OMG. We ended up in a bowling alley. A bowling alley. I was a bohemian kid with a pierced nose and a horror of suburbia, so spending time in a bowling alley was a soul shriveling experience. And here I was talking with an RN (an RN, I tell you) who was afraid of catching AIDS from a bowling ball. Anyway, boring suburban Yonkers girl took us into Manhattan and to MOMA. I have to think MOMA was my idea, as I don't think Yonkers girl had ever entered it before. And as fate would have it, we happened upon the last few days of an exhibit of Bill Viola's work. I'd never heard of him, but it was art, it was culture, it was a Manhattan art museum and not a bowling alley in Yonkers.

I walked into a dark room, with a small structure in the center, warmly lit from within. A video of snow covered mountains was projected on one wall of the outer room, the film jerky as if the cameraman had been running. There was a roaring sound like wind. As you moved closer to the structure, which represented the cell where the mystic had been imprisoned, you could hear a voice reciting poetry in Spanish. Inside the cell there was a desk with a pitcher and a video monitor showing the same mountains, only quiet and serene. The catalog explained who St. John of the Cross was and printed some of his poetry. Wow, I had never read anything like this. I had never heard anyone speak of God like this--it was erotic, sensual, surrendered, a love song. What, I wondered, would it be like to experience God that way?

I don't remember anything of the trip after that: what happened to Yonkers girl, how we got out of Manhattan, the trip back to Atlanta, if we ever met up with the other exchange students. The narrative unravels here.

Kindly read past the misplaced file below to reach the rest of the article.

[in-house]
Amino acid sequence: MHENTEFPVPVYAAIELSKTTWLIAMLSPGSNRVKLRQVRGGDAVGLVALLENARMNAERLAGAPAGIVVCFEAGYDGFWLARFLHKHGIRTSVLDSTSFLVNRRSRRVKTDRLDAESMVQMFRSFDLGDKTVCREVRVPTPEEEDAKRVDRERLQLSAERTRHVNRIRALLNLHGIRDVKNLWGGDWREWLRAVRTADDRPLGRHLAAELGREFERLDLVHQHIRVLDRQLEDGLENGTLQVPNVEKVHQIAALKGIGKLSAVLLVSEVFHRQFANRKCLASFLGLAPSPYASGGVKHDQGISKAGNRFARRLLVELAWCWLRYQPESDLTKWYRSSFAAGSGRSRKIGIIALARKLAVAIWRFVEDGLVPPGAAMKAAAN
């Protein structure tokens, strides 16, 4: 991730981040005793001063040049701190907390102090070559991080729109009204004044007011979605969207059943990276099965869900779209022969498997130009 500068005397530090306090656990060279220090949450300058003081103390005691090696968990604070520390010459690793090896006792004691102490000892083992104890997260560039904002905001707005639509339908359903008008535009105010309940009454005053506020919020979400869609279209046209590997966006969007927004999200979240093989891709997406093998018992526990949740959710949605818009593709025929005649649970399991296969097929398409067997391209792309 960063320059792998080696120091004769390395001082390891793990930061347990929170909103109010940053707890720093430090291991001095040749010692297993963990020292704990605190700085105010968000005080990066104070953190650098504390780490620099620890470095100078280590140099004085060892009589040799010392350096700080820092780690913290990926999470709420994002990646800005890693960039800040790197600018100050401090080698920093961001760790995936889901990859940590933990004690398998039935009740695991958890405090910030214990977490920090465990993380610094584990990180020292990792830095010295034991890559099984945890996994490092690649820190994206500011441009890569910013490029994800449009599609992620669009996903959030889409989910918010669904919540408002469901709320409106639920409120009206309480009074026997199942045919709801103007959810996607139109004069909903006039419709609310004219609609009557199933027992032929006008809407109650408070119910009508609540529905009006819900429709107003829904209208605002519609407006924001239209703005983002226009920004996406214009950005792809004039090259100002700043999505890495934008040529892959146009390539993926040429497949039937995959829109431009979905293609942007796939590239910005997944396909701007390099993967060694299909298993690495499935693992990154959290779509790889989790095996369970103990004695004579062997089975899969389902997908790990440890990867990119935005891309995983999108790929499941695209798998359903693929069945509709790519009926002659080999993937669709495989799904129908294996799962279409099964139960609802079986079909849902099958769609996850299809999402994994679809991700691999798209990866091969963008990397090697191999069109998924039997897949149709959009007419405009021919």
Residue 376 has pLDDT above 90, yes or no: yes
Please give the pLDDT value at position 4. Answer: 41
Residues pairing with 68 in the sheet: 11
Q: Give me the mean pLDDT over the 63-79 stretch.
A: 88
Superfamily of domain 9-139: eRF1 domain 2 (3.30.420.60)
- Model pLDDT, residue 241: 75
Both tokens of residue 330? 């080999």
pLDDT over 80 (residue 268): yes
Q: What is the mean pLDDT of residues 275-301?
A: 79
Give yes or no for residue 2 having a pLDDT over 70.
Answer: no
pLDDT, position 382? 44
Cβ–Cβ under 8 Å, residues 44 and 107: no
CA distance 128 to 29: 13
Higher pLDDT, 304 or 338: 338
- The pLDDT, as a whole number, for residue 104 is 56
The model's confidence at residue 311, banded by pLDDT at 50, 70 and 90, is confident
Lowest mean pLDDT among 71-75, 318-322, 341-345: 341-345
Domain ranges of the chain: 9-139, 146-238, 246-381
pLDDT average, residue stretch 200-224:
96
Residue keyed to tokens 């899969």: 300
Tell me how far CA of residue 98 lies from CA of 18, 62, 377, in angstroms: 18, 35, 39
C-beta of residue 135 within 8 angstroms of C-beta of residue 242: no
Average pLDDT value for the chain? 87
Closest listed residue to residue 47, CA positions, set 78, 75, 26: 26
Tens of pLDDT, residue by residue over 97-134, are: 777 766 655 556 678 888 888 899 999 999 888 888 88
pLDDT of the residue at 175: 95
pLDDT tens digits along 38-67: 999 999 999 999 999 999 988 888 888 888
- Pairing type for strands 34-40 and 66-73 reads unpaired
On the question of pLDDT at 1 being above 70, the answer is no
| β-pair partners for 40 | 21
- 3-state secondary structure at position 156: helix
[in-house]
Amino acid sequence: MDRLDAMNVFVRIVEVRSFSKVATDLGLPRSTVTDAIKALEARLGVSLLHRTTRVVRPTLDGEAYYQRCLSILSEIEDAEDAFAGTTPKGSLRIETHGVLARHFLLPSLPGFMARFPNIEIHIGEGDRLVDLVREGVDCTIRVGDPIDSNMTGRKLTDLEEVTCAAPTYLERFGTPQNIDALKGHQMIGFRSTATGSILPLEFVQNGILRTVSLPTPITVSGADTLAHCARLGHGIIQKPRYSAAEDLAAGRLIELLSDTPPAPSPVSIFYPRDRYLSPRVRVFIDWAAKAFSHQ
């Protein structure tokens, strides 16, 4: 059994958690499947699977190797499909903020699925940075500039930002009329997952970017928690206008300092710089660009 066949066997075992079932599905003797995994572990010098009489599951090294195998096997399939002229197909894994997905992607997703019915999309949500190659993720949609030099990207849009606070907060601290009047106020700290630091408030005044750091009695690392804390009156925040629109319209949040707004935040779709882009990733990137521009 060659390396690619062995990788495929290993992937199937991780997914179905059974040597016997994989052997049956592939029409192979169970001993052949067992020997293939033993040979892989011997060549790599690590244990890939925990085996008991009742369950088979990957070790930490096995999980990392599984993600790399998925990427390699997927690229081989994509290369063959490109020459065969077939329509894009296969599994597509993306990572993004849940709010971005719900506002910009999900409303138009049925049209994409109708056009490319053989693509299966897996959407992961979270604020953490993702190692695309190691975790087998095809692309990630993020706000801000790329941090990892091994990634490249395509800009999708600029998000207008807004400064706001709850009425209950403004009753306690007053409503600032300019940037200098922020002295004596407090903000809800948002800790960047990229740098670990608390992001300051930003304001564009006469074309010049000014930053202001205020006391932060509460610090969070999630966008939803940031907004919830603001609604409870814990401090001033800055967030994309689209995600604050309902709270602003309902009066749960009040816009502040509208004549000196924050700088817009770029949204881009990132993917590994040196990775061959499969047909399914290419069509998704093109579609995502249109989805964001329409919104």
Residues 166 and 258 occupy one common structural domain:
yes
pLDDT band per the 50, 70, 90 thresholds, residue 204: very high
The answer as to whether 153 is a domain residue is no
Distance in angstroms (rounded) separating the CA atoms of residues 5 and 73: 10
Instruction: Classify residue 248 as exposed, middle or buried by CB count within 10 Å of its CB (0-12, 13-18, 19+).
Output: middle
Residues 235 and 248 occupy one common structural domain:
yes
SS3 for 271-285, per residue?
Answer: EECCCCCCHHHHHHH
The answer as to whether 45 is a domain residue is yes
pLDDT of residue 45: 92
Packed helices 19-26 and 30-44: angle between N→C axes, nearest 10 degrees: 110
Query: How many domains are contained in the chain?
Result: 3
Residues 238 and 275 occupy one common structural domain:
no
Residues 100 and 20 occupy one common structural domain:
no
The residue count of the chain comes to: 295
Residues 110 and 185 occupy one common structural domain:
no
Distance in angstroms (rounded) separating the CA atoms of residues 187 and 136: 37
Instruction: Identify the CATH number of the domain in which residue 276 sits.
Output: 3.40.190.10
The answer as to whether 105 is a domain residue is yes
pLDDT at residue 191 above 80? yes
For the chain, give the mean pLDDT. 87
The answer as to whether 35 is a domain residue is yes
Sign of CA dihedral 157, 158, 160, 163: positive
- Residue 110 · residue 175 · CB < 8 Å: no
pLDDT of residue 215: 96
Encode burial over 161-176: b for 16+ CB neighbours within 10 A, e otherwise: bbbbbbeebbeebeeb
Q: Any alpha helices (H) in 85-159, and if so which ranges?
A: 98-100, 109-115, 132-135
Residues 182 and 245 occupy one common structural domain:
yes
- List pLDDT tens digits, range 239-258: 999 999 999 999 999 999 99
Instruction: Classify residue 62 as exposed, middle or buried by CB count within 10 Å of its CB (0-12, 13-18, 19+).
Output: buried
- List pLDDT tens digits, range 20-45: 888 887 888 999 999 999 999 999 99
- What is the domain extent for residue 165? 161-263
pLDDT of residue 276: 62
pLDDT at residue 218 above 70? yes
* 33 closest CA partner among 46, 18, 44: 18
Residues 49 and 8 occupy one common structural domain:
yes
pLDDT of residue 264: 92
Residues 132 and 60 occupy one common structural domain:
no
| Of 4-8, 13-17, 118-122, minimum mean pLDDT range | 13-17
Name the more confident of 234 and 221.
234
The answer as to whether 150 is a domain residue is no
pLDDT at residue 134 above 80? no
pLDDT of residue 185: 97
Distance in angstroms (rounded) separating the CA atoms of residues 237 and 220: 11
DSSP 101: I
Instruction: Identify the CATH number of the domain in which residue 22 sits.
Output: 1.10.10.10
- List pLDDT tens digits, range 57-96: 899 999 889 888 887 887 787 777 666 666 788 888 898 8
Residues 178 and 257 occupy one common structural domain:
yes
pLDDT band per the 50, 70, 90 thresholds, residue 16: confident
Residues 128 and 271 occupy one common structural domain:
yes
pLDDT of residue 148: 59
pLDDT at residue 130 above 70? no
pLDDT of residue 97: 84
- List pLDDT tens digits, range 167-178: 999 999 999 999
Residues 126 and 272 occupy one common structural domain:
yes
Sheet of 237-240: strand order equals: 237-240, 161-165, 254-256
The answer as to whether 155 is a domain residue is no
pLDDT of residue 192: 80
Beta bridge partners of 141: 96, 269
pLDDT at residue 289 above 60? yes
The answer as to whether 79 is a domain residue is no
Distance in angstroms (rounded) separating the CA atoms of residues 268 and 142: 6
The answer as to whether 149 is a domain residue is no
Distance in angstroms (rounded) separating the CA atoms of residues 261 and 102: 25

When the breeze blew from the turret,
as I parted his hair,

it wounded my neck

with its gentle hand,

suspending all my senses.

I abandoned and forgot myself,

laying my face on my Beloved;

all things ceased; I went out from myself,

leaving my cares

forgotten among the lilies.

Tiddly Pom

I feel antsy today, unable to settle and concentrate. Nothing that should hold my attention does. I would so much rather be reading a book. Or napping. Or alternating napping and reading. Instead I am staring at emails, staring at my to-do list, working in fits and starts.

I hate being bored. My brain craves stimulation. I want to talk, I want to read, I want to listen to people tell me their stories. I want to bob along in the flow of ideas. Instead I’m plashing in the shallow here, just me and the dead frogs.

I look out my window. It’s hot and humid out there. The sky is dull with moisture. The clouds look sluggish. It’s the right kind of day to be bored. The heat inhibits enthusiasm, movement, vigor. In this weather, everything is itchy, including my mood.

I just stepped outside to see if I could scrounge some change from my car (in the hopes that a coke will bully me into productivity). Do you recall in Harry Potter the image of the Dementers sucking out the souls of their victims? Yeah.

God, I wonder what it would be like to have a work ethic.

Saturday, August 02, 2008

James McAvoy

This is specifically to annoy Dear Husband, who thought it just fine to call the actress from Burn Notice "Hot" but whose feathers were ruffled by my enthusiastic response to this actor. This has to be one of the most romantic screen kisses ever. And if you haven't seen the movie Penelope, you should because it is utterly charming. And you get to see a lot of James McAvoy.